Quick overview of colour in design
- What design elements are perceived first and why?
- Why are some colours seen more easily than others?
- Which colour combinations create harmony? Which colour combinations shock?
- Why do colour illusions occur?
- How can we use all these factors to enhance communication in designs?
As light passes into the eye it comes into contact with the retina. The retina is made up of layers of different cells, including those known as rods (100 million) and cones (6 million)
Rod cells are better for low-light vision and enable us to see dimly lit forms but can only sense the intensity of light.
Cone cells can also discern colour, they function best in bright light. Three types of cone cells exist in your eye, with each being more sensitive to either short (S blue-violet), medium (M green), or long (L red) wavelength light. Each type of cell does not just sense one color, but instead has varying degrees of sensitivity across a broad range of wavelengths, but these various wavelengths are classified into the three categories. Human colour perception is most sensitive to light in the yellow-green region of the spectrum. Yellow is the result of the gree-sensitive and red-sensitive cones being activated.
The colour messages from the cones are relayed to the fovea at the centre of the retina.
The brain assimilates the red, blue-violet and green impulses and mixes them up, joining information from the two eyes, to interprete the colour.
Most of what we see is based on the memory of a colour.
Some colours register more easily than others: Yellows and greens are perceived before other hues. Red and violet are the most difficult.
Every colour in 2D space is affected by what us placed next to it. Perceiving optical colours often has to be learned – how to isolate colours from their environment and prevent interference from the brain.
If one stares at a colour for some time then look away one sees the complement as a coloured glow. If there is no white space then we see a combination of the complement and adjacent colour.
Colours look very different depending on their surrounding colours.Complementary colours intensify each other and ‘sing’ or vibrate along their edges.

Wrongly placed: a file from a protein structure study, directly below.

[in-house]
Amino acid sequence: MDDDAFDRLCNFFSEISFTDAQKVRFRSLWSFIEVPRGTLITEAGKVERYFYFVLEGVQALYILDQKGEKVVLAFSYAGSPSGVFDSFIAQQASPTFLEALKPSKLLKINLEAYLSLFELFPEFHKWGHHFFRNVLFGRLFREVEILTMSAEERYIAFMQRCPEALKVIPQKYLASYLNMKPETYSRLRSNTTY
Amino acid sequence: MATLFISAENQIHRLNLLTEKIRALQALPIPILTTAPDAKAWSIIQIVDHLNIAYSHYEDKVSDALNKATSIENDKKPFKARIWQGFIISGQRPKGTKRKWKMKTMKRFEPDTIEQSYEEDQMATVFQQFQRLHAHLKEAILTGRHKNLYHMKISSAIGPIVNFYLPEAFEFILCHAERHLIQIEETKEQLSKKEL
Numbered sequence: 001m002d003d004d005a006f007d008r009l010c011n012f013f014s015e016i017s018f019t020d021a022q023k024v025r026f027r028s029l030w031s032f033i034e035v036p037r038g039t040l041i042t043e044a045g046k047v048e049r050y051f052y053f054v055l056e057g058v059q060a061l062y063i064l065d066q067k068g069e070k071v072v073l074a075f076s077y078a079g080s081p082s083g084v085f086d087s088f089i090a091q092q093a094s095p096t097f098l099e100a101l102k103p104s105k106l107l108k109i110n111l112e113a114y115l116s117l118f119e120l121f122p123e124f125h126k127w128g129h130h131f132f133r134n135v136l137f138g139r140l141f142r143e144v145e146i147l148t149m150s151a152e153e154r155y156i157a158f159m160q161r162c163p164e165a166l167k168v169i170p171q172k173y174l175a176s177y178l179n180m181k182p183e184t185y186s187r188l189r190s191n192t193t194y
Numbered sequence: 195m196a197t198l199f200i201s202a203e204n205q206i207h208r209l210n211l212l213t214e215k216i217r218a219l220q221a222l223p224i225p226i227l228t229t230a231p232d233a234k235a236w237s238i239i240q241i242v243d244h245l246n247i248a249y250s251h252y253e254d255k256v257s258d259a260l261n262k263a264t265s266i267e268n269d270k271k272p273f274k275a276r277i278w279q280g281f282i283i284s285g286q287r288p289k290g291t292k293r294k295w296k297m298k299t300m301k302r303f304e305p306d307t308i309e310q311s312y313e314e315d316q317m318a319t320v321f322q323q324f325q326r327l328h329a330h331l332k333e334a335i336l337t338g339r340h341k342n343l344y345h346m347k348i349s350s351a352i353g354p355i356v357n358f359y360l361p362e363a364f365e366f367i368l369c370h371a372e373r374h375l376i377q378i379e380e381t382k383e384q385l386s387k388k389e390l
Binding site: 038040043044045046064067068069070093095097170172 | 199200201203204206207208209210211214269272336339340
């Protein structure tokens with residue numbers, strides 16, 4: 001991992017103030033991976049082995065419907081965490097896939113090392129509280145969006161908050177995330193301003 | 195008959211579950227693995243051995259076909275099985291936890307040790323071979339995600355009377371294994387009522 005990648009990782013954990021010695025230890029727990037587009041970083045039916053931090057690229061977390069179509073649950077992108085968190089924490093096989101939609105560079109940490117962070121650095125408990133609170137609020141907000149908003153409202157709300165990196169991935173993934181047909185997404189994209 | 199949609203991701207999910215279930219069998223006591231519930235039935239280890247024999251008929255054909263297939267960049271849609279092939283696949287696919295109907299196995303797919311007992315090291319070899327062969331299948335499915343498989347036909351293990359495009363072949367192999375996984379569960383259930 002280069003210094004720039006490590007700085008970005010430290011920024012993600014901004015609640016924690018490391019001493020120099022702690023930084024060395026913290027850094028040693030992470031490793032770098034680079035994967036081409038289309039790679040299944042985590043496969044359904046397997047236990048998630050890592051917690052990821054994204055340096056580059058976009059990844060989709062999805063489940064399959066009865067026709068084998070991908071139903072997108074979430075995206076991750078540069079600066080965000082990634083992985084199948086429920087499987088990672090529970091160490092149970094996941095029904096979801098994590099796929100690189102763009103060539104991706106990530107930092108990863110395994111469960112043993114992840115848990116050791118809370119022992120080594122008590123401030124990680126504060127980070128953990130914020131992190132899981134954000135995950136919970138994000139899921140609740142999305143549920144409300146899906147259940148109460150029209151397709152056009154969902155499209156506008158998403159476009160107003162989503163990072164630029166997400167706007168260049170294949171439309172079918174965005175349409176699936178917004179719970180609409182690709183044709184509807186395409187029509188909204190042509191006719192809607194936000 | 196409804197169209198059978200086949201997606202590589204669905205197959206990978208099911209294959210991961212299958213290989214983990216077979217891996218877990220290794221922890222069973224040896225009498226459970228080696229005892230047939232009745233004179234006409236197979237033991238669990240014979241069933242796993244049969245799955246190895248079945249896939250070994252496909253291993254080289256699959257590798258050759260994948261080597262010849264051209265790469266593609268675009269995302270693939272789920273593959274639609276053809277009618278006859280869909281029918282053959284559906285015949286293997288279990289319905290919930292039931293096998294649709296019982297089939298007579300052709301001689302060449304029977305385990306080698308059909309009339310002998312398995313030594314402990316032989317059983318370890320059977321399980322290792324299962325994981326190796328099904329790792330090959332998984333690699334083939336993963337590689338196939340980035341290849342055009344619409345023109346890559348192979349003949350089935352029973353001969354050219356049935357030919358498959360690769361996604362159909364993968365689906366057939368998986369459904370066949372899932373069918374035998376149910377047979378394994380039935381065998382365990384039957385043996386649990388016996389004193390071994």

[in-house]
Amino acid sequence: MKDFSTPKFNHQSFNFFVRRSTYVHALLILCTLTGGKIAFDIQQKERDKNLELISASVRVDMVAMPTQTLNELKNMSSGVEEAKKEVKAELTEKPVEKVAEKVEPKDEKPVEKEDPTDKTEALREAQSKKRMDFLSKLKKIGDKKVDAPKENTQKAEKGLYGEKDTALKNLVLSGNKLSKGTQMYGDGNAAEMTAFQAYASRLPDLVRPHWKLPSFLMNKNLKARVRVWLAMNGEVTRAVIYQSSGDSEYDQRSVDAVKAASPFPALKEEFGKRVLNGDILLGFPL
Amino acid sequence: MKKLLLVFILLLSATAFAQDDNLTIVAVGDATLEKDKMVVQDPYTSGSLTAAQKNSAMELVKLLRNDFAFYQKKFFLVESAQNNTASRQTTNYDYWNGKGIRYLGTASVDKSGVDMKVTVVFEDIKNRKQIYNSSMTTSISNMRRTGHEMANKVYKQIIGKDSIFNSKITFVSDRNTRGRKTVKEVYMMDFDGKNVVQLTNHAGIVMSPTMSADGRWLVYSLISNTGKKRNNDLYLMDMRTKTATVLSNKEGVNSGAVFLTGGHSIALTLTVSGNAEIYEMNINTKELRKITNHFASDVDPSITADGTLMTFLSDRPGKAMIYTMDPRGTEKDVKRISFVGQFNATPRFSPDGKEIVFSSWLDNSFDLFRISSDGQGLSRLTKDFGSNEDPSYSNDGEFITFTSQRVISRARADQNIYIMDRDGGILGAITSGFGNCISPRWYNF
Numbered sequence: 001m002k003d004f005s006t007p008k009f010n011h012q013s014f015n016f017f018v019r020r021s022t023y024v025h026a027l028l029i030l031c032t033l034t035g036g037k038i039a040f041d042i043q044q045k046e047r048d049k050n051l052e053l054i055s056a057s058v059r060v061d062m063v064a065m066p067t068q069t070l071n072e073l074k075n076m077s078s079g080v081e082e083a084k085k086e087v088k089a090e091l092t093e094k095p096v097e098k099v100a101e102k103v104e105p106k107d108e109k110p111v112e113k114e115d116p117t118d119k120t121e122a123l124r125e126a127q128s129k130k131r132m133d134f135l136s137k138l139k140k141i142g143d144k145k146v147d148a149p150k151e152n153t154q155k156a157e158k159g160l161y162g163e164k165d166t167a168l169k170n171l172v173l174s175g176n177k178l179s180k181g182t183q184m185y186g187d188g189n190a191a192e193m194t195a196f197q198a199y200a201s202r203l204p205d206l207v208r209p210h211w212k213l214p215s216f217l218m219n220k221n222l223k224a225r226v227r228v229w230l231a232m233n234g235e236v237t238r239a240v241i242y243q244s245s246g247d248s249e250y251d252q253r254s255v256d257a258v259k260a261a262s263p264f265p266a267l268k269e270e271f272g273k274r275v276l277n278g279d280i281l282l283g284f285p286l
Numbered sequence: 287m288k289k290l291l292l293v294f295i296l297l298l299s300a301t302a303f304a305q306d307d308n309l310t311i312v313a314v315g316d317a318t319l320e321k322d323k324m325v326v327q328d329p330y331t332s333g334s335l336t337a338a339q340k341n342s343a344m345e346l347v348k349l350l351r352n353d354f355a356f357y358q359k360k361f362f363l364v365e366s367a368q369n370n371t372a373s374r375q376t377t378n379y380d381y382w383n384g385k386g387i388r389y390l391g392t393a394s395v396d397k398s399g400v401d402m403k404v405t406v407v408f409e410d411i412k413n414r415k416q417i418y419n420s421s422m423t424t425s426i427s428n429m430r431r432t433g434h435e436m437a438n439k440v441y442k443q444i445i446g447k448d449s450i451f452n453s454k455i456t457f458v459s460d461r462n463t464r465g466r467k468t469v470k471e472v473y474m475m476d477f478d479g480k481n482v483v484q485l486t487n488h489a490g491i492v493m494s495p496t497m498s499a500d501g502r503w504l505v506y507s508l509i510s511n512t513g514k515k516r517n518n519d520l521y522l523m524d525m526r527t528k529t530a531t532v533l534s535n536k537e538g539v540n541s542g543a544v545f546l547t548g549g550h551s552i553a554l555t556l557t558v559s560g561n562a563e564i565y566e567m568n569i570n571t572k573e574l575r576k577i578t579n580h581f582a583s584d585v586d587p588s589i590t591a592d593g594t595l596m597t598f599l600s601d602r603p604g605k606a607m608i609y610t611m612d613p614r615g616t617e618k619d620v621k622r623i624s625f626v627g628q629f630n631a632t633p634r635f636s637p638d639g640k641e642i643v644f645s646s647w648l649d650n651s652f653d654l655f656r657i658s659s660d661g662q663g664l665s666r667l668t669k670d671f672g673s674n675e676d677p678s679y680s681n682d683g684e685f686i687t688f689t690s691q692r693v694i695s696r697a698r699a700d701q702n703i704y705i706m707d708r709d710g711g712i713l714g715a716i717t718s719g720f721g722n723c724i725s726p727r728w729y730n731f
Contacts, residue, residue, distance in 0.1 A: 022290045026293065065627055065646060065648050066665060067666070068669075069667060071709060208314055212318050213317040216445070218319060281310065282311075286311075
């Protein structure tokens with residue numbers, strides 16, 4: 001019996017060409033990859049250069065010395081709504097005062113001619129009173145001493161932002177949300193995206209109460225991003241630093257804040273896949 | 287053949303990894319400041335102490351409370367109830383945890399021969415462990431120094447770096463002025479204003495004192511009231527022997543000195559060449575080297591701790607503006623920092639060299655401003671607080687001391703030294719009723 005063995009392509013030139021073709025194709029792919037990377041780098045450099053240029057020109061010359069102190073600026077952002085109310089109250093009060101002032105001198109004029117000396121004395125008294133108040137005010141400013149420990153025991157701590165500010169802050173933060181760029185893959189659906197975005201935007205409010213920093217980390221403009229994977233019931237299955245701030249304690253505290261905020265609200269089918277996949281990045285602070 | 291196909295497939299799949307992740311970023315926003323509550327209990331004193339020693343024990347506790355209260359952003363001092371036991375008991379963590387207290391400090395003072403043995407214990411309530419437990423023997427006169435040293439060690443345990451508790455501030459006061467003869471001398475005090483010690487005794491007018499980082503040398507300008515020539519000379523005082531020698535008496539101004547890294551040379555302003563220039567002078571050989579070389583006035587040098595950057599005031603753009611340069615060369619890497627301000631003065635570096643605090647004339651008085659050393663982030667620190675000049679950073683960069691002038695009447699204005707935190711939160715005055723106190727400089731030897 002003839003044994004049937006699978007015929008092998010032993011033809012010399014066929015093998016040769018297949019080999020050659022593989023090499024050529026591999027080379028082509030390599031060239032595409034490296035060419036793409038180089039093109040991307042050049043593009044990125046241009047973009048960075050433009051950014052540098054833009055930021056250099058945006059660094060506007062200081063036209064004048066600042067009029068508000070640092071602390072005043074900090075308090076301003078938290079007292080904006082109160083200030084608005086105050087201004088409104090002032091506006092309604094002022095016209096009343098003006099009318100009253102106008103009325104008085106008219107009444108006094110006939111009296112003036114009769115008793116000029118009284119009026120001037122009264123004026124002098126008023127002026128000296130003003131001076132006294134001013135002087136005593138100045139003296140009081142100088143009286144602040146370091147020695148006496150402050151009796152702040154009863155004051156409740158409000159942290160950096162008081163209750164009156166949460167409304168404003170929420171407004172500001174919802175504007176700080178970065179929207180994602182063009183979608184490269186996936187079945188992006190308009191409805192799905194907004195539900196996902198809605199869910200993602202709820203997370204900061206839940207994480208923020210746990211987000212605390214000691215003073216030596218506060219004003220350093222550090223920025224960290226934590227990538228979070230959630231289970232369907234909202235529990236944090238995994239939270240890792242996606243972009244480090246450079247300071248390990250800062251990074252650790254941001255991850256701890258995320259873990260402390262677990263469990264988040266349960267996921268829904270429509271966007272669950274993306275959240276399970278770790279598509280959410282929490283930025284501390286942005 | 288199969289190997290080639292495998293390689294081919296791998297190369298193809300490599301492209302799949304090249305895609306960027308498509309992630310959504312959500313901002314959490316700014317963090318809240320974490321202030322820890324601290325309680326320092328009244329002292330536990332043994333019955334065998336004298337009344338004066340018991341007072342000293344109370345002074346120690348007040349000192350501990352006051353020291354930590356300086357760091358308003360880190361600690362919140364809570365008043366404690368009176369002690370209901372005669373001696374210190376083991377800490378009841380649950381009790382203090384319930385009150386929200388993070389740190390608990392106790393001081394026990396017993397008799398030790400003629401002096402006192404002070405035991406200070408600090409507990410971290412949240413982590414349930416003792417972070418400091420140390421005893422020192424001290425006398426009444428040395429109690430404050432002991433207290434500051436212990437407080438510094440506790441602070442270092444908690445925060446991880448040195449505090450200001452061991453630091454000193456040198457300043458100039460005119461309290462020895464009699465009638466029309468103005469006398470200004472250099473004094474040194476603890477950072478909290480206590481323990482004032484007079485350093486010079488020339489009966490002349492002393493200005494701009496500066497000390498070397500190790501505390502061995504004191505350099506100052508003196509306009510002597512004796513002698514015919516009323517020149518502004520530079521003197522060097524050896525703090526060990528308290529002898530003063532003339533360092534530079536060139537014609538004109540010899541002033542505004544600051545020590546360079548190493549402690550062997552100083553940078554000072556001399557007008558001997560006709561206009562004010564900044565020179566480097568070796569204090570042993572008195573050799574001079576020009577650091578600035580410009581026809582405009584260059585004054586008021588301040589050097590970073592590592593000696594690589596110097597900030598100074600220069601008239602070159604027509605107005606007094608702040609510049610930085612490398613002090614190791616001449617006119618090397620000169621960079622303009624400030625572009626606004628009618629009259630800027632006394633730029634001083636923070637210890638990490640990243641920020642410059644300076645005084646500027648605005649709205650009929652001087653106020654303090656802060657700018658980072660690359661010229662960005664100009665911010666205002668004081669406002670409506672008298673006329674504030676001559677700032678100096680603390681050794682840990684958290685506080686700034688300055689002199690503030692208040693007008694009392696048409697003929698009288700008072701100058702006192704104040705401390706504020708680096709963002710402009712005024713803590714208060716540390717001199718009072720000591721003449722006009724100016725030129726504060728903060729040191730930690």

Outlining in white or black can deceive the eye into thinking colours are darker or lighter than they really are, and that there are more or fewer colours. If colours of equal or similar value are juxtaposed their boundary disappears. This can be counteracted by putting high or low value boundaries.
Colours can bloom into new colours depending on what colours are around them.
Where one colour looks like a ribbon lying over another.
The entire appearance of a design can be changed just through changing one colour.
Produced by juxtaposition of hues.
Eg pointillism, divisionism and television screens.
Hues that are lighter at maximum saturation (yellows, oranges) appear larger than those that are darker at maximum saturation (blues, purples)
When a colour expands in this way it may also seem closer to the viewer – warm colours advance but cool colours recede. But artists can bring any colour forward depending on what other spatial devices they use.
Spatial advancing or receding results from contrasts between colours. Hue and value contrasts are greatest in things close to us and less apparent in things at a distance. Where there is particulate matter forms also appear bluish because of scattering of short blue wavelengths in sunlight.
Colour Combinations: Harmony and Contrast
These optical effects help us to understand our reactions to particular colours and colour combinations.
Colour combinations are conventionally divided into:
Monochromatic : single colour with variations in value and saturation. Break up with patches of neutral colours. Use hard and soft edges making some shapes come forward, others back.
Analogous : low contrast uses several hues lying next to each other in a colour wheel. But what this means depends on which colour wheel is used.
Complementary : high contrast. The opposite colours hold each other in balance and intensify each other. But relative amounts affected by value ie red and green are equal, orange needs more blue, yellow requires even more violet. Mixes of complementaries reduces saturation and contrast.
Double complementary – 2 adjacent hues with their complementaries
Split complementary – colours to either side of complementary
3 colours equidistant. Can be interwoven with more neutral colours.
4 colours equidistant. Can be interwoven with more neutral colours.
However designing colour combinations is far from a systematic process – there are many different colour wheels and variants of the primary colours. The effects of particular combinations are also highly dependent on prevailing fashions : cultural associations, which combinations the viewers have seen many times before and which seem new etc.